LeMars additionally argues that irrespective of any breach of its good faith duty, the judgment must be set aside since Olsons did not prove any damages as a result of LeMars' failure to settle.[4] In Kunkel, supra, and Crabb, supra, this court approved damages awards equal to the amount the judgment taken against the insured exceeded policy limits. In Kunkel and Crabb, however, the insured was the tort-feasor who either sued his insurance company or assigned his cause of action to do so to the injured party. The justification for imposing liability upon the insurance company equal to the amount in which the judgment exceeded policy limits was that the company's bad faith failure to settle resulted in its insured being subject to liability for this excess amount. Crabb, 205 N.W.2d at 638 (quoting Lange v. Fidelity & Casualty Company of New York, 290 Minn. 61, 185 N.W.2d 881 (1971)). See also Strand v. Travelers Ins. Co., 300 Minn. 311, 219 N.W.2d 622 (1974). In the present case, it is the tort victims who are suing their own insurance company. The same justification for assessing damages equal to the excess liability does not exist because the insured plaintiffs are not subject to a judgment in that amount. However, this court also stated in Crabb, that if an insurance company were not required to pay the excess liability amount its "responsiveness to its well-established duty to give equal consideration to an ... insured's interests would tend to become meaningless." Id. at 638 (quoting Lange, supra). This concept applies with equal force to an insurer's duty to the purchaser of underinsurance. In short, we find the verdict of $55,500 an appropriate amount to be awarded in light of all of the facts and circumstances present.

Lastly, LeMars argues it is entitled to have the jury verdict reduced by $50,000 because of its subrogation interests in the judgment against Helmbolt. This right was asserted in LeMars' counterclaim against Olsons. LeMars argued that Olsons were subject to the offset as Helmbolt's assignees. As noted above, Olsons moved for summary judgment on the counterclaim on the grounds that the portion of the judgment against Helmbolt in which LeMars asserted the subrogation interest was satisfied by the partial satisfaction of judgment entered at LeMars' request. In response to this argument, LeMars moved the court to modify the satisfaction of judgment to reflect that the $50,000 was not satisfied. The trial court denied Olsons' motion for summary judgment, granted LeMars' motion to modify the satisfaction of judgment, and ruled the subrogation claim was still viable against Helmbolt. However, the trial court would not allow the jury to consider the assignment from Helmbolt as an offset to Olsons' claim against LeMars. Olsons also appeal on this issue by way of notice of review, arguing their motion for summary judgment was improperly denied.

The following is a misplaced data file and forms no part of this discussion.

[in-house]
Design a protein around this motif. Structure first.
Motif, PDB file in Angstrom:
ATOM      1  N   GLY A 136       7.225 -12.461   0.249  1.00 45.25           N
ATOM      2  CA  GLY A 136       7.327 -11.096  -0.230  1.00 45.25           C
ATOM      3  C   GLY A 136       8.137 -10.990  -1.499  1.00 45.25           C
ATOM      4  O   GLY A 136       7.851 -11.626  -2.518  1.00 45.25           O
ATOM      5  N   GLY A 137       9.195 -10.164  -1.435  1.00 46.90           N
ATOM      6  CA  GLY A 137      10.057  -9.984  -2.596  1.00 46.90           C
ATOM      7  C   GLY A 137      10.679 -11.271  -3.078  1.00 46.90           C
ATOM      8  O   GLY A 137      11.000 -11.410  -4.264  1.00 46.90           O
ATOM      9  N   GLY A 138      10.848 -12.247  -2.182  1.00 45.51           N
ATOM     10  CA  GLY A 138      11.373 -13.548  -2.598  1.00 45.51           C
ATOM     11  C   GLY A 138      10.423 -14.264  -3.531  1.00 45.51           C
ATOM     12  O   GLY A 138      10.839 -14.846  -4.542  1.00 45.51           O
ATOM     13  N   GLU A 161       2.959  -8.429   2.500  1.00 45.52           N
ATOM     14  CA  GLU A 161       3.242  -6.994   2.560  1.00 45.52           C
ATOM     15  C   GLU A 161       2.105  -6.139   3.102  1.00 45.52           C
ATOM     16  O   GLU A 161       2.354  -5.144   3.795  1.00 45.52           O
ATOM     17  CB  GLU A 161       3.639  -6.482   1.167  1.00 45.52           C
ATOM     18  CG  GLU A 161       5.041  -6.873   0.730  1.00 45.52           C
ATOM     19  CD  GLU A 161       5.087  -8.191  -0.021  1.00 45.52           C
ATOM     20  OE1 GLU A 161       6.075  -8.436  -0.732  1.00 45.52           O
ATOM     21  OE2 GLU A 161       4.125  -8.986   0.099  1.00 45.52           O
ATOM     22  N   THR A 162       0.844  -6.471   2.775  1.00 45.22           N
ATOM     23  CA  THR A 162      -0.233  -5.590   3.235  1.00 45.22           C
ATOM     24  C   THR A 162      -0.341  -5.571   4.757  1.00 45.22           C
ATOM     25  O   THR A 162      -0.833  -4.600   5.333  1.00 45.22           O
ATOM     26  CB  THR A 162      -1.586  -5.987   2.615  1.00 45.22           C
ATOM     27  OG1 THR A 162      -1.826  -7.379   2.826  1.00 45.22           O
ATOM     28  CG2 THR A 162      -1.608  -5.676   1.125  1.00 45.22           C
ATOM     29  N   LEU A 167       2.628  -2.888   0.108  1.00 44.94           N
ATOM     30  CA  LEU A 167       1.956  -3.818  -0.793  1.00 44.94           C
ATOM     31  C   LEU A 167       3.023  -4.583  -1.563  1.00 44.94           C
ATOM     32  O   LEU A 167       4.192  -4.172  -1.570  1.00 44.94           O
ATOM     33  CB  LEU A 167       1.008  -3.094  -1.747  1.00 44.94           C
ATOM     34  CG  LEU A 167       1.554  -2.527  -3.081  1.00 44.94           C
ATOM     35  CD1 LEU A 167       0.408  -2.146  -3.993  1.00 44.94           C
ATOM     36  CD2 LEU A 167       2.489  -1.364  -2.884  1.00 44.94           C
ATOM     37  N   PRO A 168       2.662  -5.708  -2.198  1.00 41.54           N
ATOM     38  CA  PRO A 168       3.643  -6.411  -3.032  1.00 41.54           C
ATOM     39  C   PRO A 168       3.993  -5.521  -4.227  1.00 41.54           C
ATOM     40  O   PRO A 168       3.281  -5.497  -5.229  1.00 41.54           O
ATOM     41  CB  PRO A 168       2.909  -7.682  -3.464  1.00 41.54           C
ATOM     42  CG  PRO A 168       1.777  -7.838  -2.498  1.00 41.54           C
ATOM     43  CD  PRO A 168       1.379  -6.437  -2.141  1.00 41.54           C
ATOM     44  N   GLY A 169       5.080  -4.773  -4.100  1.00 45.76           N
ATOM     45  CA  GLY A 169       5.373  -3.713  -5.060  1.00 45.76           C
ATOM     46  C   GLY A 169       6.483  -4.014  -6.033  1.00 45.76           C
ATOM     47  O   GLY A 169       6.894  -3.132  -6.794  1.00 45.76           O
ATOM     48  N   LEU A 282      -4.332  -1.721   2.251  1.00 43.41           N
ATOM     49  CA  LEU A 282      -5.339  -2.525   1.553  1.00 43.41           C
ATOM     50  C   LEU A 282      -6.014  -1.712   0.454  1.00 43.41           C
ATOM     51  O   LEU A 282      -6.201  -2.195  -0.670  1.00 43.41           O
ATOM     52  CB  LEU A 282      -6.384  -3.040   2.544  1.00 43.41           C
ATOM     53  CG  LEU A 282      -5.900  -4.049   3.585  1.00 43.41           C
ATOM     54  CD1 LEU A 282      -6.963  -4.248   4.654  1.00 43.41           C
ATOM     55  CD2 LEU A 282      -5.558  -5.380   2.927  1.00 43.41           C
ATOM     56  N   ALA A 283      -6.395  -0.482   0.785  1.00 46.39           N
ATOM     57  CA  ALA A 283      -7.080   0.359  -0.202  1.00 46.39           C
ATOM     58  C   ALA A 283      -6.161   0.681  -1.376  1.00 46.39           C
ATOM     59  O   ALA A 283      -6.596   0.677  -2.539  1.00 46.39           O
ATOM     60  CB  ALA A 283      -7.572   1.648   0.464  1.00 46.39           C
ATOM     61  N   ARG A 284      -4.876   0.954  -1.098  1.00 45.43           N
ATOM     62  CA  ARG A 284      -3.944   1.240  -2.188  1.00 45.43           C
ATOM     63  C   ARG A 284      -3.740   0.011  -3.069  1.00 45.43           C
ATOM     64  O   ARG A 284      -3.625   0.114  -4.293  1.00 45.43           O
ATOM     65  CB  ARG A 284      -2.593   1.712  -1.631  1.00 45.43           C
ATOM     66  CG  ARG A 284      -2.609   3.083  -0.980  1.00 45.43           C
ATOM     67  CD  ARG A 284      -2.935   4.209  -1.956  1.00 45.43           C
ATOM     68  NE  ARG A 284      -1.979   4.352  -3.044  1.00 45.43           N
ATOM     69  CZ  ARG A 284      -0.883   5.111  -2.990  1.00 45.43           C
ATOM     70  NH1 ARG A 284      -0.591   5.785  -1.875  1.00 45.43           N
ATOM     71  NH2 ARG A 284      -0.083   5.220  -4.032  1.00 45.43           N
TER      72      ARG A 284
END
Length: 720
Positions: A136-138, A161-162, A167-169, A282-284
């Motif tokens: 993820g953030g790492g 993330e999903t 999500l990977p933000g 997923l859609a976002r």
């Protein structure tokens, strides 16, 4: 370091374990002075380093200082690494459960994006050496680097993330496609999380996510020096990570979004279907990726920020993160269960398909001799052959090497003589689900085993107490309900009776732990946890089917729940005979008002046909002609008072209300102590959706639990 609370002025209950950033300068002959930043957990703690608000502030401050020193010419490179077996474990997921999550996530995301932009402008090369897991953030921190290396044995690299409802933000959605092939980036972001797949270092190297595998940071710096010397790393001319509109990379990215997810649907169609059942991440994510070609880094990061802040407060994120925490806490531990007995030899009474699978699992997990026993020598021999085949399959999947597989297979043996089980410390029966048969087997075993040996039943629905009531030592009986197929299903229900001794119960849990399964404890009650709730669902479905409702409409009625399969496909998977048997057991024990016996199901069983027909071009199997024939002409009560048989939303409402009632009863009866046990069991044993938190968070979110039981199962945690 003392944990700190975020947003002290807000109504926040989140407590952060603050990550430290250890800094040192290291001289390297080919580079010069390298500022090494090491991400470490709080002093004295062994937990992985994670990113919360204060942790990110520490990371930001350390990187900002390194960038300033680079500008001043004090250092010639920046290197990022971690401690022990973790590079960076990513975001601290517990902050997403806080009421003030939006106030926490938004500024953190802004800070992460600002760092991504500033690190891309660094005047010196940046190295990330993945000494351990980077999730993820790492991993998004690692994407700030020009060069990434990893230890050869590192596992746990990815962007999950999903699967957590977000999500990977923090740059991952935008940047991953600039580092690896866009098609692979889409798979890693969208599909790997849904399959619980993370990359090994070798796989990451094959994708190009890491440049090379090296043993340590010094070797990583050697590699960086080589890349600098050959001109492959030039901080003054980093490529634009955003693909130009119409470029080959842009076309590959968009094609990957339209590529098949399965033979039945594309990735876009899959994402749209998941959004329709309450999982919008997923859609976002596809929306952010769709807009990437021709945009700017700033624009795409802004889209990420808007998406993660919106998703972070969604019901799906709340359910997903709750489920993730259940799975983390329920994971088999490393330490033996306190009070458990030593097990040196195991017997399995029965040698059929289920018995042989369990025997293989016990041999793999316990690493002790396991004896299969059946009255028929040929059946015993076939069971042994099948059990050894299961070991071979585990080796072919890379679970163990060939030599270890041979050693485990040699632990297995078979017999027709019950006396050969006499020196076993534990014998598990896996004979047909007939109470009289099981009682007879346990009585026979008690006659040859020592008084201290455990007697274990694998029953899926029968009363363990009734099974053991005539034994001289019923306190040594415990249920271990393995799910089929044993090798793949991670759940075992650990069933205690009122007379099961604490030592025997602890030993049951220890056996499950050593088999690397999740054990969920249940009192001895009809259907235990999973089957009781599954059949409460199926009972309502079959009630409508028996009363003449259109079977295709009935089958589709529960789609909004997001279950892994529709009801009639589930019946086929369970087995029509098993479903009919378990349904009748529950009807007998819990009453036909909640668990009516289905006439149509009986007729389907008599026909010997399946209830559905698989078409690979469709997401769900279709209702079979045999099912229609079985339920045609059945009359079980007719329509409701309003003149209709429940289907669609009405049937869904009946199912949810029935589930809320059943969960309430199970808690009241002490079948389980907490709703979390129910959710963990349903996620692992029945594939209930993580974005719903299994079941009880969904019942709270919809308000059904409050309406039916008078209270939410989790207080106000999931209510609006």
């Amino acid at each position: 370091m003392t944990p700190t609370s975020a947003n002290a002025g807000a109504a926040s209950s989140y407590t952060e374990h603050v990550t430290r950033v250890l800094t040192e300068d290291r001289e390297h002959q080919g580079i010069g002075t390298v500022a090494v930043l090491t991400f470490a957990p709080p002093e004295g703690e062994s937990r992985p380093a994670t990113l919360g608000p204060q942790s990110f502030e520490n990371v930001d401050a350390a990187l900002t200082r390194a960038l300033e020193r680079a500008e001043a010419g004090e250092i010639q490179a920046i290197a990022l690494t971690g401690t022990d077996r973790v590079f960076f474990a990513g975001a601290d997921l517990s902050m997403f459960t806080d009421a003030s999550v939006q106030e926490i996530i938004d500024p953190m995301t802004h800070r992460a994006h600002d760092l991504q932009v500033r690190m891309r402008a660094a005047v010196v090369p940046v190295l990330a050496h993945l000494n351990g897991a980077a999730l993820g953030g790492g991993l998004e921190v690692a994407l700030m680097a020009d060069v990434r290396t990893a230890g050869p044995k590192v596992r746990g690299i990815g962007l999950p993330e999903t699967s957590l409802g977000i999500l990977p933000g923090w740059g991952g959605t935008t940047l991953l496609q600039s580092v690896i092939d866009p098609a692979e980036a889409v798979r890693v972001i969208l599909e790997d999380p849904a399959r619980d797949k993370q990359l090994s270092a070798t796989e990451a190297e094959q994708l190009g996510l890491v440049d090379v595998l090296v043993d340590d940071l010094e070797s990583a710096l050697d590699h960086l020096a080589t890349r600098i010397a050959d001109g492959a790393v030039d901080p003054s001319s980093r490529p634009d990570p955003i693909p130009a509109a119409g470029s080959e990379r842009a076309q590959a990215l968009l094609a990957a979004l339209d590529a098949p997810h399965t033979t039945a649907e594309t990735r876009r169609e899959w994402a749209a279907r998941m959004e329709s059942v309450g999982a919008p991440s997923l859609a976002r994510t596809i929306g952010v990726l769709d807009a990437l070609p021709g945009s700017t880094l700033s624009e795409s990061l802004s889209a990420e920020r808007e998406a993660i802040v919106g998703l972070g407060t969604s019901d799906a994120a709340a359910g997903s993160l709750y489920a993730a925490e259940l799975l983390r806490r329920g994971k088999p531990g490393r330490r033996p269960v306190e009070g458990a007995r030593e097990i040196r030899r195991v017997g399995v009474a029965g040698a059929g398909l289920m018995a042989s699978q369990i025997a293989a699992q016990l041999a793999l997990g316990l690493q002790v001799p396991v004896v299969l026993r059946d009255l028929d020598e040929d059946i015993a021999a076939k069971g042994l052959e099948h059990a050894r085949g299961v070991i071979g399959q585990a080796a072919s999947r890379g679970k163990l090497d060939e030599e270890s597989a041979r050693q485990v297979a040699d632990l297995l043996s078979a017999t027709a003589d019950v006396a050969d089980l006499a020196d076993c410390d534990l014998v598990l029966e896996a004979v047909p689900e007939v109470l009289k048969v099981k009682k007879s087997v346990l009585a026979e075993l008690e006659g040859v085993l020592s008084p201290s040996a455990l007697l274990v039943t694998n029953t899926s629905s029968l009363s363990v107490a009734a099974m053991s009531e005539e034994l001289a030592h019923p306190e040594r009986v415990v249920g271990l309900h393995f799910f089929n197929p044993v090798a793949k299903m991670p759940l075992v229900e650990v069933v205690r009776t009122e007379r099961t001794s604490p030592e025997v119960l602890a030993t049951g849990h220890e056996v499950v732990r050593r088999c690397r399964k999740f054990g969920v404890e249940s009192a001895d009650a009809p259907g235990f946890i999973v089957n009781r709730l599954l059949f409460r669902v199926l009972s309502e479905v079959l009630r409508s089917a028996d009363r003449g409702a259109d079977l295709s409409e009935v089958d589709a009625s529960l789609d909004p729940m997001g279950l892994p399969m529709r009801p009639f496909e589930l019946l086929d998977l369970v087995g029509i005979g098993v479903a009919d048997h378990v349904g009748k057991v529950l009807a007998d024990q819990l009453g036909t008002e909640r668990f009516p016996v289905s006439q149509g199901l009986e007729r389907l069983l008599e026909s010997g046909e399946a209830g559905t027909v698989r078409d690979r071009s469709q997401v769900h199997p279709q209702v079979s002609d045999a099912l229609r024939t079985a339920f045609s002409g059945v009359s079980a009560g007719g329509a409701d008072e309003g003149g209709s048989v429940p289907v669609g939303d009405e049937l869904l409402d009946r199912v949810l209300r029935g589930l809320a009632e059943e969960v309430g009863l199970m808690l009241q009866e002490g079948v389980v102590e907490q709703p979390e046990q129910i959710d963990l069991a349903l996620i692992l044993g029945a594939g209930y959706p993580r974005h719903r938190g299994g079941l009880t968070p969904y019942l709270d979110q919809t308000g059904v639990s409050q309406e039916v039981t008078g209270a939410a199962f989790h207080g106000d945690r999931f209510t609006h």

This court agrees with LeMars that SDCL 58-11-9.6 does in fact provide that the underinsured motorist coverage insurer will be subrogated to the rights of its insured for any amount the insurer pays. However, there is no question that Lemars filed a $101,293.70 partial satisfaction of judgment it received from Olsons. This satisfaction purported to discharge the $50,000 portion of the Olsons' judgment against Helmbolt in which LeMars claimed *61 a right. The issue thus becomes whether this partial satisfaction prevented the subrogation, or whether it was modifiable as the lower court ruled.[5]

We first note "it is necessary to an action on a judgment that it be unsatisfied, and an action may not be maintained on a judgment which has been satisfied, particularly where the satisfaction appears of record." 47 Am.Jur.2d Judgments § 927 (1969) (emphasis added) (footnotes omitted). Furthermore, SDCL 15-16-16 provides:

Any partial satisfaction of any judgment rendered or docketed in the circuit courts of this state may be made and noted upon the records in like manner; and thereupon all judgments and liens thereby created, must be ... canceled and discharged to the extent of the entries so made upon the judgment docket and no more. (Emphasis added.)